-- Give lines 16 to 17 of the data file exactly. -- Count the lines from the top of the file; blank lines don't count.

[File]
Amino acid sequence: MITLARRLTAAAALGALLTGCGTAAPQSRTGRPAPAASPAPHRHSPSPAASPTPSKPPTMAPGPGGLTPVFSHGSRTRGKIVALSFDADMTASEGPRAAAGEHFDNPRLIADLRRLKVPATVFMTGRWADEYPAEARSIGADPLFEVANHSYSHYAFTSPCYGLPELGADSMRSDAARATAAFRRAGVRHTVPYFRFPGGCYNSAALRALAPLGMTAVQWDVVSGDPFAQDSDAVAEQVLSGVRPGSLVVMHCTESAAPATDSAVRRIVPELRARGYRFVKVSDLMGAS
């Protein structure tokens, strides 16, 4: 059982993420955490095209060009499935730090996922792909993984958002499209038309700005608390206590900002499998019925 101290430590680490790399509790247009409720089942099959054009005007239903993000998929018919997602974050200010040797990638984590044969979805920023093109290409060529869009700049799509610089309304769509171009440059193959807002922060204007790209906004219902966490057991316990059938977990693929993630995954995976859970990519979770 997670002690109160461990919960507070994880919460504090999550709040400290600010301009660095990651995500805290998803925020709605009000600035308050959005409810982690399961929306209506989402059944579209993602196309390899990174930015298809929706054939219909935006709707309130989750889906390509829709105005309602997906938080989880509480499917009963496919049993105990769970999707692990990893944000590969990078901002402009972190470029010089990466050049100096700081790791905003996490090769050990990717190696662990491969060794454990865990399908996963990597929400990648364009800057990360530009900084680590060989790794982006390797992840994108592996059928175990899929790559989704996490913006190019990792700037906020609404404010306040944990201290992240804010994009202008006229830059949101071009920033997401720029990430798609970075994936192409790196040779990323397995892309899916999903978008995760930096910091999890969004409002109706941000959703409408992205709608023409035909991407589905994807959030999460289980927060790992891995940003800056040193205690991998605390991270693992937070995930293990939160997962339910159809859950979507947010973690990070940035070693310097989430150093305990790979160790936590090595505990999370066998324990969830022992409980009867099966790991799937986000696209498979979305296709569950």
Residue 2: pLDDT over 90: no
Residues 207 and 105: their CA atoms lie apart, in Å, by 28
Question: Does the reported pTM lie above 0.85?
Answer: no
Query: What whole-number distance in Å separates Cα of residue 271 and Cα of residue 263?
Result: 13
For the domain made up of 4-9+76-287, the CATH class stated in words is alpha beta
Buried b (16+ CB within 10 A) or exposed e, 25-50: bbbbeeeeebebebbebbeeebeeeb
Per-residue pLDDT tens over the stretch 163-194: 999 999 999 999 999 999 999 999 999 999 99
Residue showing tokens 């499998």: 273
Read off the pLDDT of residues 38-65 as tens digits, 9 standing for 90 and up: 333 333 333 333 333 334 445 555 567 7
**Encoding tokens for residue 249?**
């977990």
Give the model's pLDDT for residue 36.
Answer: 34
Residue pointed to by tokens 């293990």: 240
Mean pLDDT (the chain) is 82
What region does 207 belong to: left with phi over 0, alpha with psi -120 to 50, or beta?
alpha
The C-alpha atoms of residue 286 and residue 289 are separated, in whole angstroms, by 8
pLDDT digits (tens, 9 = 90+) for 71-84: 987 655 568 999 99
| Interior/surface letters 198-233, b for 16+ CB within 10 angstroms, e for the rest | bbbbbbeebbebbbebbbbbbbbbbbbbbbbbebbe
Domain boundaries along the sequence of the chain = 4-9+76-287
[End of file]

Give the model's pLDDT for residue 36.
Answer: 34